How to Nourish Your Creativity in Your Business

by Kirsten Nelson on May 8, 2013

Kirsten Nelson · Creativity in Business · May 08, 2013

Creativity in BusinessI fell in love this week. With a blog. Gregory Ciotti ‘s Sparring Mind.

Ciotti writes about psychology and marketing, which in my book is better than peanut butter and jam! I enjoyed his new post on the psychology of creativity so much, that I wanted to share it with you, along with a few of my own comments.

Creativity isn’t just for writers and artists. Creativity is also the lifeblood of entrepreneurs and business owners. Ciotti recommends nine ways where you can come up with more creative ideas and unleash creativity:

  1. Restrict yourself. Sometimes the most creative breakthroughs you will experience are when you force yourself to operate outside of your comfort zone. Ciotti mentions Dr. Seuss’ creative success: “Green Eggs & Ham.” Seuss wrote the children’s classic after his publisher Bennett Cerf challenged him to write an entire book in under 50 words.
  2. Re-conceptualize the problem. The easiest way to crack open your creativity is to find a new angle. In other words, shift the way you’re looking at a problem. The great British writer C.S. Lewis once said, “What you see and hear depends a good deal on where you’re standing.” If you’re struggling to create a new product, write your newsletter or solve another business problem, try looking at the situation from a different perspective. How would your customers view the problem? Your mentor? How would you view your current problem if you could fast forward into the future 10 years?
  3. Create psychological distance. It’s easy to get emotionally involved in situations. While emotions are an important part of life, they can sometimes inhibit our ability to move out of a creative slump. So if you’re frustrated, separate yourself from the situation and instead of judging it, simply observe it. In that observation mode, look for other solutions that you weren’t able to see when you were looking at it through an emotional lens.
  4. Daydream…then get back to work. Giving your mind permission to wander can often be the most productive thing you can do with spare moments of your day. This creative capacity to daydream is often trained out of us as we grow up. Ciotti notes that daydreaming is most effective on projects in which you’ve already invested a lot of creative effort.
  5. Embrace something absurd. Random, strange and weird things cause us to reexamine how we perceive the world. This is a result of our mind’s constant need to make sense of the things that it sees, Ciotti says. So when you watch a strange movie, read a bizarre book or engage in other activities atypical to your lifestyle, you’re giving your brain a challenge that will help you expand your creativity.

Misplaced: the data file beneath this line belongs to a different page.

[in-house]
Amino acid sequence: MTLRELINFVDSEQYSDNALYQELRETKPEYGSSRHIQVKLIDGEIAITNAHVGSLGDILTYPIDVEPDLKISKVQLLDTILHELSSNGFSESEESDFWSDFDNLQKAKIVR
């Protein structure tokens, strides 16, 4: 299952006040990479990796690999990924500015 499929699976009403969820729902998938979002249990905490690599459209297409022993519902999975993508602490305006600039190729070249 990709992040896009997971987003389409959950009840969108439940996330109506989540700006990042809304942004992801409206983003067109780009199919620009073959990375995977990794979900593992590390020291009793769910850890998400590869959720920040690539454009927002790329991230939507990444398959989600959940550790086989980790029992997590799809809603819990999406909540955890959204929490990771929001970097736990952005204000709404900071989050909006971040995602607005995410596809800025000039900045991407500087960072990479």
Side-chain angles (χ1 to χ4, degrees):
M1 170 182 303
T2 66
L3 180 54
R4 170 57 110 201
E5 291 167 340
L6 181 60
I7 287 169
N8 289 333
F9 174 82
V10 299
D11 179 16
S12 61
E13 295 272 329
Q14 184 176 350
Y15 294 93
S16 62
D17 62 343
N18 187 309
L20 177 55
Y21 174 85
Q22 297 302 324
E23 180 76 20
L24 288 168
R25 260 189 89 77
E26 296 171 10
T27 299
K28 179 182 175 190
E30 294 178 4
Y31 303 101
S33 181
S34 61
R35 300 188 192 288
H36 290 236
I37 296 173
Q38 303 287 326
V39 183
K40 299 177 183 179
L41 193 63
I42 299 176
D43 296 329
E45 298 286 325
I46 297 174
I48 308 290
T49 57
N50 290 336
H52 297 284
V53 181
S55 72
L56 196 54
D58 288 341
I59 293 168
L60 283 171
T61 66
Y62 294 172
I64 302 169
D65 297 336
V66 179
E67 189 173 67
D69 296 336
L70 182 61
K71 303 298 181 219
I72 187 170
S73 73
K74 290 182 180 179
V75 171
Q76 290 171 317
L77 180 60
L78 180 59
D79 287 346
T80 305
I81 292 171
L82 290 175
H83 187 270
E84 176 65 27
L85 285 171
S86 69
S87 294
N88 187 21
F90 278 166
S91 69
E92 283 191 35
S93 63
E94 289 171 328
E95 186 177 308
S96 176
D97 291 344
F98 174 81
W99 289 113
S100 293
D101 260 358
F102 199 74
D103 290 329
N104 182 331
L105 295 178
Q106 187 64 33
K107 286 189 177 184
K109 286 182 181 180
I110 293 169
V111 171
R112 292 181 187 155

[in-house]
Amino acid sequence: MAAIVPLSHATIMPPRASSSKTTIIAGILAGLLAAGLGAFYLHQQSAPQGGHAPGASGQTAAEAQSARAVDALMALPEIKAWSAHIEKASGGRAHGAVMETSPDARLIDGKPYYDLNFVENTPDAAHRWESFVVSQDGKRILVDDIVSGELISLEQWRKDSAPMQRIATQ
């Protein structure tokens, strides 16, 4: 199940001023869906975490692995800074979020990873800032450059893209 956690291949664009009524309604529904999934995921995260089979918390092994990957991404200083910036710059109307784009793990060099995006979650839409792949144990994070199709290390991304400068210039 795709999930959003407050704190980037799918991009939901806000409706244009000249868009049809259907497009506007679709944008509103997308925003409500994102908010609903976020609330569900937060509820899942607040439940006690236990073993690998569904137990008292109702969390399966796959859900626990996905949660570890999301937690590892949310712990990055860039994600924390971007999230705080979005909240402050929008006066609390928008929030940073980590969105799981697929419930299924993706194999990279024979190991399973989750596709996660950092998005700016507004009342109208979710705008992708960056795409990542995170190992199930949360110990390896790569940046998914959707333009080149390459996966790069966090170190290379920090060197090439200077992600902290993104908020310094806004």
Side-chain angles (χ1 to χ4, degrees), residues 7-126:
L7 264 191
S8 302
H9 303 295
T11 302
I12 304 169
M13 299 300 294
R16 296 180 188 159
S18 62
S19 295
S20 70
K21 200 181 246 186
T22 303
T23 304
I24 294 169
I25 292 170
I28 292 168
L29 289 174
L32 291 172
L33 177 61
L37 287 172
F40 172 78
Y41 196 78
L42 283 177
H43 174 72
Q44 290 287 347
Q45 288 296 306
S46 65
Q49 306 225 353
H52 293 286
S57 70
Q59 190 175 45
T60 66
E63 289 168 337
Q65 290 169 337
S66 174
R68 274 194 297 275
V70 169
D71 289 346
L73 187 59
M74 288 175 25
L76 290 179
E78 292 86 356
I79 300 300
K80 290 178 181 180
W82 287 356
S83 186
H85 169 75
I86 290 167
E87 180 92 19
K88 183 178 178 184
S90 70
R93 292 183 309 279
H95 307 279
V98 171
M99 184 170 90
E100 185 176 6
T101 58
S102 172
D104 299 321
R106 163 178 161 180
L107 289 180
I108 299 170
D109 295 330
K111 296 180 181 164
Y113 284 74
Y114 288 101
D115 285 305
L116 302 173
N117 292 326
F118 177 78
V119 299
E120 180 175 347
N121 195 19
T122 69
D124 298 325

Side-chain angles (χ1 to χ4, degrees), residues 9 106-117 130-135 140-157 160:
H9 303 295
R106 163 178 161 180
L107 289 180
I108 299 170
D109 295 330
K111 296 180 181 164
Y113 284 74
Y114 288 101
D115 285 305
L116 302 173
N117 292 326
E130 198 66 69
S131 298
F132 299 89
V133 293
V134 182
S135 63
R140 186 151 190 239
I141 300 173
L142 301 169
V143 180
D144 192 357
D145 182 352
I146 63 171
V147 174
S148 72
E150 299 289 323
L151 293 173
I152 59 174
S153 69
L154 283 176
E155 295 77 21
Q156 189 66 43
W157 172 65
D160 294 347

6. Separate work from consumption. When painting the interior of a house, you need to let the paint dry before you hang the pictures. When working on writing a blog post, creating a new product, or coming up with a new business idea, the human brain works best when you allow it to absorb new information you’re gathering before turning that new information into whatever you’re working on. Remember: Let the paint dry first.
  7. Create during a powerful mood. This doesn’t mean you must be happy before doing anything creative. On the contrary, when you’re experiencing any strong emotion is a great time to harness creativity. Take advantage of those moments.
  8. Get moving. Humans weren’t designed to be stationary. Yet our technological world requires us to sit still most of the time. Get out of your chair. Go for a quick walk, stretch, do some yoga—whatever suits you best as long as it gets your blood flowing.
  9. Ask, “What might have been?” Examine past experiences from the perspective of what you could take from the situation if you could do it again, and what you could add to the situation. For example, if you just ran a marketing campaign that didn’t quite get the results you wanted, look at it from a different perspective. What might have been if you could take back a few things or if you could add a few new things to the situation? This might be considered second-guessing or Monday-morning quarterbacking, but it is better to consider it as a clear-eyed reappraisal of your approach.

After reading Greg Ciotti’s blog post, I’m excited to apply these nine different strategies in my own creative processes. I’d love to hear what you think. Do you have any strategies to replenish your creativity when it’s low? Thanks for sharing!

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